Comparison of NEXAFS microscopy and TEM-EELS for studies of soft matter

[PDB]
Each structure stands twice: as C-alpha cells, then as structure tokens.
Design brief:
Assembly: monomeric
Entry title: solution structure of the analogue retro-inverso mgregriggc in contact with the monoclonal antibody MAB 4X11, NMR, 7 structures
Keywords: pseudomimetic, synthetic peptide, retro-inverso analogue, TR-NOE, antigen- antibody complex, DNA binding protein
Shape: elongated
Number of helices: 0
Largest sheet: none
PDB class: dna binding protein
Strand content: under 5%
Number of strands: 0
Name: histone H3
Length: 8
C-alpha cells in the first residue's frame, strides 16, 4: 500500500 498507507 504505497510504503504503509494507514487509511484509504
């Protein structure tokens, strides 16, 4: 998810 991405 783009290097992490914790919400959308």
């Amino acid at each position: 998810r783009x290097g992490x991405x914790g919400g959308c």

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In the last 20 years, synchrotron-based soft X-ray microscopy has emerged as a powerful technique for chemical microanalysis. By efficiently measuring near-edge X-ray absorption spectroscopy (NEXAFS) at high spatial resolution, it produces information analogous to that delivered by electron energy loss spectroscopy in a transmission electron microscope (TEM-EELS). NEXAFS microscopy has significant advantages for studies of soft matter, which is typically a challenge for TEM-EELS due to radiation damage. It provides unique capabilities for studying wet samples. Here, we describe current state-of-the-art soft X-ray microscopy instrumentation and techniques (including the recently commissioned spectromicroscopy facility at the Canadian Light Source in Saskatoon), provide brief descriptions of a few recent applications, and make explicit comparisons of the strengths and limitations of NEXAFS microscopy - in particular, scanning transmission X-ray microscopy (STXM) - relative to TEM-EELS for spatially resolved materials analysis by inner shell spectroscopy.
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